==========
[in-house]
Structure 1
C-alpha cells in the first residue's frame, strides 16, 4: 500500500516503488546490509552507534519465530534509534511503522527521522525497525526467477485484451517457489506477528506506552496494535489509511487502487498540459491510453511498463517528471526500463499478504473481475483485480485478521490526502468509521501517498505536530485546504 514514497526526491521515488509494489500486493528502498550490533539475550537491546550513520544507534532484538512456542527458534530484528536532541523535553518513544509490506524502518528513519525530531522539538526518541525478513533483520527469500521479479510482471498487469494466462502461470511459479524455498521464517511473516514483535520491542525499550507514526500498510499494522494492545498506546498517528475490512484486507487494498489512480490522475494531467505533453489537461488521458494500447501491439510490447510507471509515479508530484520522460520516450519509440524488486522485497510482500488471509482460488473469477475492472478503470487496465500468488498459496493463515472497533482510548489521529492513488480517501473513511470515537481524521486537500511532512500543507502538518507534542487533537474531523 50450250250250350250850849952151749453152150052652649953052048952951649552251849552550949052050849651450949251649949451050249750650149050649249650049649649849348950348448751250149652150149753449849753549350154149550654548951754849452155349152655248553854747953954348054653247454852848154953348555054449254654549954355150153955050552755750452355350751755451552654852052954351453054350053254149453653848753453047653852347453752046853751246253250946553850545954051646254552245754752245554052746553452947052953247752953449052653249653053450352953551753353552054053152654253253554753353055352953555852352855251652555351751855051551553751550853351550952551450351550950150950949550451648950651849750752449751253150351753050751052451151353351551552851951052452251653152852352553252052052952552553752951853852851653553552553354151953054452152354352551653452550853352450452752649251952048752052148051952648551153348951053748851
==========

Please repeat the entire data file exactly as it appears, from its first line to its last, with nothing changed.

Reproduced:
[in-house]
Structure 1
C-alpha cells in the first residue's frame, strides 16, 4: 500500500516503488546490509552507534519465530534509534511503522527521522525497525526467477485484451517457489506477528506506552496494535489509511487502487498540459491510453511498463517528471526500463499478504473481475483485480485478521490526502468509521501517498505536530485546504 514514497526526491521515488509494489500486493528502498550490533539475550537491546550513520544507534532484538512456542527458534530484528536532541523535553518513544509490506524502518528513519525530531522539538526518541525478513533483520527469500521479479510482471498487469494466462502461470511459479524455498521464517511473516514483535520491542525499550507514526500498510499494522494492545498506546498517528475490512484486507487494498489512480490522475494531467505533453489537461488521458494500447501491439510490447510507471509515479508530484520522460520516450519509440524488486522485497510482500488471509482460488473469477475492472478503470487496465500468488498459496493463515472497533482510548489521529492513488480517501473513511470515537481524521486537500511532512500543507502538518507534542487533537474531523 50450250250250350250850849952151749453152150052652649953052048952951649552251849552550949052050849651450949251649949451050249750650149050649249650049649649849348950348448751250149652150149753449849753549350154149550654548951754849452155349152655248553854747953954348054653247454852848154953348555054449254654549954355150153955050552755750452355350751755451552654852052954351453054350053254149453653848753453047653852347453752046853751246253250946553850545954051646254552245754752245554052746553452947052953247752953449052653249653053450352953551753353552054053152654253253554753353055352953555852352855251652555351751855051551553751550853351550952551450351550950150950949550451648950651849750752449751253150351753050751052451151353351551552851951052452251653152852352553252052052952552553752951853852851653553552553354151953054452152354352551653452550853352450452752649251952048752052148051952648551153348951053748851